Assessing More Than Facts
As previously mentioned, a multiple-choice test can be an effective way
to assess knowledge of facts, processes and procedures. However, your
standards will often expect students to do more than just know facts.
You want them to be able comprehend, apply and analyze the concepts you
are teaching. With some more thought, you can design multiple-choice items
to assess these higher objectives in Bloom's Taxonomy (Bloom
et al., 1956).
One of the best ways to move from knowledge items to comprehension, application
and analysis items is to avoid questions, statements or examples used
in class or readings for the class. If students can recognize something
mentioned in class then they can answer the question correctly simply
by memorizing such statements, facts or examples.
For example, comprehension can be assessed by asking students to recognize
"new" statements as consistent or inconsistent with a principle
or rule or idea.
For example, the stem of an item could ask:
of the following statements is an example of a democratic political
The four statements
listed as alternatives should not be statements mentioned in class
or the text so that students truly have to understand what a democratic
political belief is to recognize the correct one. It is appropriate
(in fact, desirable) to teach to this type of test item by having
students practice identifying such statements.
Similarly, a "new" example can be presented in which students
must recognize some particular concept.
Jason did not like to see the American flag burned, he did not think
people should be arrested for such an act of expression. Jason's opinion
could be characterized as a
Such an approach can be taken to change the following "knowledge"
item into a "comprehension/application" item.
The first stage
of alcoholism is characterized by
b. addiction to alcohol
c. rationalization of drinking behavior*
d. reverse alcohol tolerance
her drinking behavior will lessen once she finishes a big project.
Susan's explanation is particularly representative of the
a. first stage
b. second stage of alcoholism
c. third stage of alcoholism
d. fourth stage of alcoholism
Answering the first form of the question correctly ("c") requires
that students have memorized or can recognize the characteristics of the
first stage. To require that students actually comprehend what those characteristics
mean, the item can use an example such as the second question listed.
Examples are also effective ways to test students' ability to apply concepts.
An information literacy assessment might ask
topic you were given in English is "compare and contrast the
roles of Katharina in Taming of the Shrew with Katherine in Love's
Labour's Lost both by William Shakespeare." How would you attack
strategies could be listed from which to choose. Students would
be applying their knowledge of good strategies to the example by
selecting the best strategy.
Or, another application example could be
researcher wants to determine if a moderate exercise program could
help lower blood pressure in people suffering from high blood pressure.
However, the researcher is concerned that subjects' blood pressure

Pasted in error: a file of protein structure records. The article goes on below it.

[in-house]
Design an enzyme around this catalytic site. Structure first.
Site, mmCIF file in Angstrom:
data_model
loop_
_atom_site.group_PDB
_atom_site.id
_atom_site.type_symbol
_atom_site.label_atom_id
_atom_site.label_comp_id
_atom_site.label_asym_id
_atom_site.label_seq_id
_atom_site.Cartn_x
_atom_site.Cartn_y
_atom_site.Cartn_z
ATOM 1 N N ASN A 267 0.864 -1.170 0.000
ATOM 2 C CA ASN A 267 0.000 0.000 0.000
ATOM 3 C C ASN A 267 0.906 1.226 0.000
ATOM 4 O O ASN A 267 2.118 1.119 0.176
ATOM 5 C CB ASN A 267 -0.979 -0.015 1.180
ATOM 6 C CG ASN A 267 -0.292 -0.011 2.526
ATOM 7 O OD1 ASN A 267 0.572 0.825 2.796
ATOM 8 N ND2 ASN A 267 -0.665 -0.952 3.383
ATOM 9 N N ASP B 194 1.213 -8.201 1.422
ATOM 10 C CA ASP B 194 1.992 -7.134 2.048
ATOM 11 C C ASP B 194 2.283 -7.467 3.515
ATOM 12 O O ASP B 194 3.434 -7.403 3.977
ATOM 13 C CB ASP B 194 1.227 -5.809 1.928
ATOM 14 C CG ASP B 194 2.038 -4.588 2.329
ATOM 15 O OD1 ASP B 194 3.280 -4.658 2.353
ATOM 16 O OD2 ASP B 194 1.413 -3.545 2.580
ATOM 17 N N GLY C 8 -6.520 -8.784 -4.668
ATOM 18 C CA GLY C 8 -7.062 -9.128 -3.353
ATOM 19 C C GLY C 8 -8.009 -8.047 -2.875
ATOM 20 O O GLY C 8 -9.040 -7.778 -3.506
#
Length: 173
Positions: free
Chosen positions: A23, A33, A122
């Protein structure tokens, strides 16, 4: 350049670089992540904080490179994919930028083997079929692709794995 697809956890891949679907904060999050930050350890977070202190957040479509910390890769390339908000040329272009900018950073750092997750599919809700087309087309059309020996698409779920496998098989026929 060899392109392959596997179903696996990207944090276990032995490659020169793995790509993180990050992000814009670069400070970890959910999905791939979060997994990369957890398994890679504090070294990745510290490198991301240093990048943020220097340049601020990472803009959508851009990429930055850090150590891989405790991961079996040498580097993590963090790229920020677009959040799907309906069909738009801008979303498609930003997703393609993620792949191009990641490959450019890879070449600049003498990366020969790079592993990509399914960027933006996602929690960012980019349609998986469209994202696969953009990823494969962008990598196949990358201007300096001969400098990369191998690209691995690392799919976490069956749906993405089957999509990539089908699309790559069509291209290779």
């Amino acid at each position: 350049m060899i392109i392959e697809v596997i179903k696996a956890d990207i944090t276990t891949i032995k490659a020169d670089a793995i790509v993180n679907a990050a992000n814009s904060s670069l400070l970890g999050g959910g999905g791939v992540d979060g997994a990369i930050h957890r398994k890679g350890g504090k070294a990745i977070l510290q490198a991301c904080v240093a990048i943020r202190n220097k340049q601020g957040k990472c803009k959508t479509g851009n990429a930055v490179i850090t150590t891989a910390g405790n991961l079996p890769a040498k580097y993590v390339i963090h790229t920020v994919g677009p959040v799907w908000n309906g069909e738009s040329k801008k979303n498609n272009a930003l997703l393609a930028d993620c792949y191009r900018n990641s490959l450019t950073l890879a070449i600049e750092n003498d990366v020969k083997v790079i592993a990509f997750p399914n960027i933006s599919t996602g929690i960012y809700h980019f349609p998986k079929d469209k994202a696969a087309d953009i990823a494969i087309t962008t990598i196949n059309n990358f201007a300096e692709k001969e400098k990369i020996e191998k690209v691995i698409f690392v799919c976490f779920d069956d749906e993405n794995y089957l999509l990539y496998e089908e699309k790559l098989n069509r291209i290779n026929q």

might just naturally lessen over time and, consequently, she would
not be able to tell if it was the result of the exercise program or
not. To more accurately determine if the exercise program and not
just time, is contributing to a reduction in blood pressure, the researcher
a control group*
b. extend the exercise program for a longer period of time
c. periodically check to see if the subjects are following the
d. compare the subjects to people without high blood pressure
at the end of the study
Examples can also be used to ask students to interpret or analyze material
in multiple-choice items. Students can be asked to interpret lines of
poetry, experimental data or business decisions.
Additionally, diagrams, graphs and tables can serve as good sources
for analytical questions. Students can be asked to interpret information
presented in such sources or about possible conclusions drawn from them.
For example, students could be presented with the following question.
below illustrates the number of deaths in the Chicagoland area from
heart attacks that occurred during snow removal or non-removal activity
in the three-day period from December 14-16, 2000.
correct conclusion that could be drawn from the above graph is
a. It was
more dangerous to shovel snow than to use a snowblower
b. It was less dangerous to engage in snow removal activity than
not to engage in snow removal activity
c. More deaths were related to non-snow removal activities than
to snow removal activities*
d. People with heart conditions should purchase a snowblower
In summary, even the most sophisticated sounding items just become tests
of knowledge if students can recognize terms or statements heard in class
or read in the text and answer the question correctly. Understanding is
not required to answer such items, just a good memory. Thus, to effectively
assess comprehension, application and analysis, items should present concepts
or ideas in novel language or new examples that requires students to find
the meaning in the statements or questions, and asks them to apply or
analyze the concepts or ideas in a meaningful way.